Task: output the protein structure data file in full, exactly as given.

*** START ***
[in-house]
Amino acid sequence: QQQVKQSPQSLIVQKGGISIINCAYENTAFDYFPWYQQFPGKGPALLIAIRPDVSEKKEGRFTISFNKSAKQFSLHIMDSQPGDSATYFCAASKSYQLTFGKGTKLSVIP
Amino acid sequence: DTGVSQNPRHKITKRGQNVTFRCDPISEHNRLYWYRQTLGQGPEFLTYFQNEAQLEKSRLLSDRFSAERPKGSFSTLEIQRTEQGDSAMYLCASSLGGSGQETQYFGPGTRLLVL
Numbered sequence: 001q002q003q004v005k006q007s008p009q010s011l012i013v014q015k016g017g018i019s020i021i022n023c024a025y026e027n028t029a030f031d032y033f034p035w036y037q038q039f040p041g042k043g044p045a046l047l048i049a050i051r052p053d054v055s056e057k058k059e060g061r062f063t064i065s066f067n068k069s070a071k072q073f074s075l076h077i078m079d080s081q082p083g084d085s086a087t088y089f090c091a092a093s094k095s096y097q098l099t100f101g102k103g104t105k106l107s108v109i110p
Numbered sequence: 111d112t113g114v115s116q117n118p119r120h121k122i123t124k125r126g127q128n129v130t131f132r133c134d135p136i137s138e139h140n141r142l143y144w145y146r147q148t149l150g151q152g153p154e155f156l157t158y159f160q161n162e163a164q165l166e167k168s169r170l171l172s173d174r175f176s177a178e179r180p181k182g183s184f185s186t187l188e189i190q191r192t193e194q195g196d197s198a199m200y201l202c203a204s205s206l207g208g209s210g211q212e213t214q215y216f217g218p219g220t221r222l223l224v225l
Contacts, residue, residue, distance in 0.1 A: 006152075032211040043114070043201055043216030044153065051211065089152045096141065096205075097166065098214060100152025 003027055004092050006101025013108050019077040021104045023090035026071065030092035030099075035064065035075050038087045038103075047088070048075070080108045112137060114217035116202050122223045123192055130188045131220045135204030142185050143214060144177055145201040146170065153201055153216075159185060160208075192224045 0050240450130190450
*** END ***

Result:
[in-house]
Amino acid sequence: QQQVKQSPQSLIVQKGGISIINCAYENTAFDYFPWYQQFPGKGPALLIAIRPDVSEKKEGRFTISFNKSAKQFSLHIMDSQPGDSATYFCAASKSYQLTFGKGTKLSVIP
Amino acid sequence: DTGVSQNPRHKITKRGQNVTFRCDPISEHNRLYWYRQTLGQGPEFLTYFQNEAQLEKSRLLSDRFSAERPKGSFSTLEIQRTEQGDSAMYLCASSLGGSGQETQYFGPGTRLLVL
Numbered sequence: 001q002q003q004v005k006q007s008p009q010s011l012i013v014q015k016g017g018i019s020i021i022n023c024a025y026e027n028t029a030f031d032y033f034p035w036y037q038q039f040p041g042k043g044p045a046l047l048i049a050i051r052p053d054v055s056e057k058k059e060g061r062f063t064i065s066f067n068k069s070a071k072q073f074s075l076h077i078m079d080s081q082p083g084d085s086a087t088y089f090c091a092a093s094k095s096y097q098l099t100f101g102k103g104t105k106l107s108v109i110p
Numbered sequence: 111d112t113g114v115s116q117n118p119r120h121k122i123t124k125r126g127q128n129v130t131f132r133c134d135p136i137s138e139h140n141r142l143y144w145y146r147q148t149l150g151q152g153p154e155f156l157t158y159f160q161n162e163a164q165l166e167k168s169r170l171l172s173d174r175f176s177a178e179r180p181k182g183s184f185s186t187l188e189i190q191r192t193e194q195g196d197s198a199m200y201l202c203a204s205s206l207g208g209s210g211q212e213t214q215y216f217g218p219g220t221r222l223l224v225l
Contacts, residue, residue, distance in 0.1 A: 006152075032211040043114070043201055043216030044153065051211065089152045096141065096205075097166065098214060100152025 003027055004092050006101025013108050019077040021104045023090035026071065030092035030099075035064065035075050038087045038103075047088070048075070080108045112137060114217035116202050122223045123192055130188045131220045135204030142185050143214060144177055145201040146170065153201055153216075159185060160208075192224045 0050240450130190450